Friday, April 27, 2007

Jang Shou Korean Charcoal BBQ, Esplanade Mall, Singapore

Another Korean barbecue has opened at the Esplanade Mall and since I was here for a show, I decided to drop by.

This grill here is a hybrid gas-charcoal one. The charcoal is evident to impart that smokey aroma but the strength of the flame is still controlled by a gas burner.

Like most of the Korean barbecues in town, there's quite a variety of sidedishes. The kimchis were decent but I liked the aubergine and pumpkin the most.

Even before tasting the chal dol bak-i (thinly sliced beef brisket), I knew I would like it just by the sight of the streaky amounts of fat.

You can opt to DIY or have the server cook the meats. These thin slices cook extremely fast, so a quick sear on each side is all you need.

Wrap the sizzling beef in a lettuce leaf with some pickled onion, raw garlic, chili bean paste and we're ready to have a little tasty parcel.

The suwon neobiani (marinated beef rib) is basically marinated sweetly (as with most marinated Korean barbecue meats). The beef was ok but I would rather still stick to unmarinated meats to taste that pure beefy flavor. The dipping sauce of sesame oil and salt and pepper did help dampen the sweetness.

The pork galbi (rolled pork rib) was up next.

The rib is rolled out onto the grill first.

Prior to being cut up into little pieces. I enjoyed this a bit more than the marinated beef because it was less sweet. All in all, Jang Shou provides a pretty decent meal. The number of Korean expatriates dining here may be testimonial to their authenticity. One thing they didn't have was ox tongue (more Japanese in origin?) though. Korean marinated meats are great for those who love sweet meats and to be fair to Jang Shou, the marinated meats I had in Korea were just as sweet as well, so I ought to stick to the plain ones.


Wednesday, April 25, 2007

ANZAC Biscuits

Today, the 25th of April, is ANZAC day which commemorates the ANZAC soldiers who fought in Gallipoli during the first Great War. ANZAC is an acronym for the "Australian and New Zealand Army Corps". One of the earliest rations these soldiers had were hardtack sweet biscuits which were first known as "Soldiers' Biscuits" but since these biscuits were pretty much synonymous with only the ANZAC forces, they soon came to be known as "ANZAC Biscuits". These biscuits are tasty and quite addictive, not to mention really easy to make.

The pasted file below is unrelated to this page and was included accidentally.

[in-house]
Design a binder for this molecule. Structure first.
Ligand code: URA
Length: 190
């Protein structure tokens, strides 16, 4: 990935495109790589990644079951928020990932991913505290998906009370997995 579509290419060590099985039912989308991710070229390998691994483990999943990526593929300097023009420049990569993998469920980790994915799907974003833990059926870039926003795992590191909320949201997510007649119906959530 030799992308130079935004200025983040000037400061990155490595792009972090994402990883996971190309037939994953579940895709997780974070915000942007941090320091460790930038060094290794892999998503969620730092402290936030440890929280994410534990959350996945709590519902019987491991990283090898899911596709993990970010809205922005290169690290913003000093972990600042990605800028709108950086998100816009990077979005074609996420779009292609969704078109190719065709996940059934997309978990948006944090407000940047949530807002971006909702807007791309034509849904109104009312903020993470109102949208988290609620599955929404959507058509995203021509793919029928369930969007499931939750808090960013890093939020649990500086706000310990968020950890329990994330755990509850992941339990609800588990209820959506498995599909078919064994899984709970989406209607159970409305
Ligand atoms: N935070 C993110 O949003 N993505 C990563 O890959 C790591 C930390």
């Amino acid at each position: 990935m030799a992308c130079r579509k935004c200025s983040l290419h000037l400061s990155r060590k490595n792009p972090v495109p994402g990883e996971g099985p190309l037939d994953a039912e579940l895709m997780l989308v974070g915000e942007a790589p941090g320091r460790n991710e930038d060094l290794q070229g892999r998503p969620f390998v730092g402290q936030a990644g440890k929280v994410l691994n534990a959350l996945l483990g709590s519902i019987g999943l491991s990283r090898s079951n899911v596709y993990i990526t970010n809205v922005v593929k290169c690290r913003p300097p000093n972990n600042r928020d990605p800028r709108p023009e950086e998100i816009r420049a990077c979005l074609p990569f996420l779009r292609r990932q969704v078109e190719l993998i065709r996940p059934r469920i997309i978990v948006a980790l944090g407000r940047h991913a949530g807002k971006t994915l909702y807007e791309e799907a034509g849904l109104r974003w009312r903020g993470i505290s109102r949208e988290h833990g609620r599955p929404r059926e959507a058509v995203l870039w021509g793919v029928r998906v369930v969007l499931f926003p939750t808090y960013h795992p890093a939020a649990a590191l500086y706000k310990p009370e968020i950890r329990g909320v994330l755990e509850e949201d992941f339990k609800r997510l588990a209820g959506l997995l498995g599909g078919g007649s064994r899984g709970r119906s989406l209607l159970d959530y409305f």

1. Roasted halved hazelnuts (optional)
2. Dessicated grated coconut
3. 1 cup brown sugar
4. 1.5 cups plain flour
5. 1.5 cups rolled oats (you may use quick oats as well)
6. 3 Tbsp golden syrup (you may subtitute with honey or thick maple syrup)
7. 2 Tsp baking soda
8. 250g butter
9. 3 Tbsp boiling water
10. A pinch of salt

1. If you're doing it the hardcore way by dessicating your own grated coconut, do so until it turns pale brown

2. Mix all hazelnuts, dessicated coconut, brown sugar, flour and rolled oats in a bowl
3. In a separate bowl, mix the butter, water, baking soda, salt and golden syrup till smooth

4. Fold in the dry mix into the wet mix and knead gently until a doughy consistency is formed, if it's too wet, add more flour, if it's too dry add some olive oil (extra water tends to make the biscuits less crunchy)

5. Using a table-spoon to measure the biscuit volume, roll them into balls like these and place on your baking tray

6. Bake at 180degC for about 15-20 minutes, till medium brown

7. Remove from the oven and place the biscuits on a cooling rack for at least 15 minutes prior to consumption

1. Biscuits (Cookies) tend to brown a little more after being removed from the oven due to the residual internal heat
2. Cooling the biscuits is required for them to obtain that crunch

Serve them on their own or even better, with a glass of milk!

-Lest We Forget-


Monday, April 23, 2007

Kim San Seafood, Bukit Panjang, Singapore